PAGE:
New Delhi: How to make the best cricket bat?
To answer that question, only this cricket-mad nation would call upon engineers at the Indian Institutes of Technology and a fleet of defence scientists.
In an initiative believed to be the first of its kind, Indian researchers from the elite IITs and defence research laboratories are among those being consulted to make better cricket bats and other athletic equipment, such as basketballs, hockey sticks and soccer balls.
The Technology, Information and Assessment Council, which falls under the department of science and technology, has identified 12 academic and research institutions, including the IITs at Kharagpur, Kanpur and Delhi, as scientific hubs where modern sports goods manufacturing technologies can be developed.
The endeavour is part of an effort to boost India’s sporting goods exports, which currently account for just 0.6% of the $18.4 billion (Rs21,328 crore) global industry. Pakistan, by comparison, makes up 1.6% of that number.
Still, India’s sports goods exports have more than doubled from Rs 250 crore in 2001-02 to in excess of Rs 500 crore today.
The council has tied up with the United Nations Industrial Development Organization and selected the Jalandhar-based Dr B.R. Ambedkar National Institute of Technology to spearhead the study of gaps in the sector.
Researchers will conduct various polymer-, composite- and wood-based tests. The National Institute of Technology plans to start contacting the institutes later this month or next. Contacted on Monday by Mint, A.K. Ghosh, head of the Centre for Polymer Science and Engineering at IIT, Delhi, one of the research hubs on the council’s list, said he hadn’t heard of the project. NIT said it will first gather information in Jalandhar, Punjab, one of India’s sports equipment hubs.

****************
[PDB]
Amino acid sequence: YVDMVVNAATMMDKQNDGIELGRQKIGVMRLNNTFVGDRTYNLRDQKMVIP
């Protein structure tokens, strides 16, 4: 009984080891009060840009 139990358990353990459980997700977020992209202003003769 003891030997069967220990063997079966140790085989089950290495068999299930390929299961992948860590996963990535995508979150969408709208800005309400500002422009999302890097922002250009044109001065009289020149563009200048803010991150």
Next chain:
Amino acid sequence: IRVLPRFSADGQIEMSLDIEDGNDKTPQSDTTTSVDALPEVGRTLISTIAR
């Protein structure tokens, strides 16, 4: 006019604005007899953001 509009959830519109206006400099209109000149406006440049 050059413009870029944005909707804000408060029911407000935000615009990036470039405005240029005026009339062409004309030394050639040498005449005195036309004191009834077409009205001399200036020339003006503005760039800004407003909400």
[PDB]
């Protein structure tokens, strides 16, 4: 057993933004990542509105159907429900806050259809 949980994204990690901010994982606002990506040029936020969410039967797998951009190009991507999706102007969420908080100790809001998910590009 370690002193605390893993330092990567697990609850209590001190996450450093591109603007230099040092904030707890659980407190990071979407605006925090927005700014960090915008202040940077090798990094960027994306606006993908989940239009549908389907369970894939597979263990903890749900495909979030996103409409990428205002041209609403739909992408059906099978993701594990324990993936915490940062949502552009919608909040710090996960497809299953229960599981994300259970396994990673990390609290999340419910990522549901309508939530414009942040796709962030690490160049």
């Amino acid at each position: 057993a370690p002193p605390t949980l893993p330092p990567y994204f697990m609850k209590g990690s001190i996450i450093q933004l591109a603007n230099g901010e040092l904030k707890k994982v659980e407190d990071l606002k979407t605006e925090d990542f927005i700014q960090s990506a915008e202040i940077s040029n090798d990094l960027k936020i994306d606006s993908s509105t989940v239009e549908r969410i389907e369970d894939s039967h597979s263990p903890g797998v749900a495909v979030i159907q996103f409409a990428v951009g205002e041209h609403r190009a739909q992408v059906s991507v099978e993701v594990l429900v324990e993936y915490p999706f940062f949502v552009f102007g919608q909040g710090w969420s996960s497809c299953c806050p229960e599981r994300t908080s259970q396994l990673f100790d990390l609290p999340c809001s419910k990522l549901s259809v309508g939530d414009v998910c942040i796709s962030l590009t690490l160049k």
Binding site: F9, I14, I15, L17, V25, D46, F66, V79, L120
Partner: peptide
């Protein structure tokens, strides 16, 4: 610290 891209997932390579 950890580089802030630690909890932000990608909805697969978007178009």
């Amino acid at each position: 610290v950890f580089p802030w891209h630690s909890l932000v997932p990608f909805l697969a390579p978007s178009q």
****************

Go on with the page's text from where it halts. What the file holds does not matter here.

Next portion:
The industry concedes its method of making equipment is outdated. Still, exporters say they don’t know if scientists — even from IITs — will understand the working conditions of Jalandhar and Meerut, the other sports manufacturing hub in Uttar Pradesh.
“We don’t want theories,” says Ajay Mahajan, secretary of the Sports Goods Manufacturers and Exporters Association in Jalandhar, which represents 50 exporters. “We want practical solutions.”
NIT director Moin Uddin is confident the brains from his institute and elsewhere will create much-needed innvovations in the industry. “They also provide consultancy services to various sectors of industry, and can translate academic knowledge into information that sports goods manufacturers can use,” he says.
Uddin insists the exercise will involve more than just publishing scientific papers; “real research work will be done,” he says.
P.K. Chatley, NIT’s dean of research and industrial liaison, says the intent is to identify why Indian manufacturers lag behind and find solutions.
One major concern, however, is the willingness of manufacturers to invest in new technologies. Mahajan says if data make economic sense, investment in the sector may follow.
But one government official says the manufacturing sector suffers from a laidback attitude. Says ministry joint secretary Anil Mukim, who is also the chairman of the government-backed Sports Goods Exports Promotion Council: “Current entrepreneurs are a contented lot as their hands are already full.”
Mukim says new entrepreneurs with strong financial backing should be encouraged to set up projects. It is a sector with a lot of potential, he adds.
Vikas Jain of the Jalandhar-based Sports Forum, an association of 350 sports-goods manufacturers, hopes things will look up in six months, after the study is complete: “Let’s hope something good comes of it.”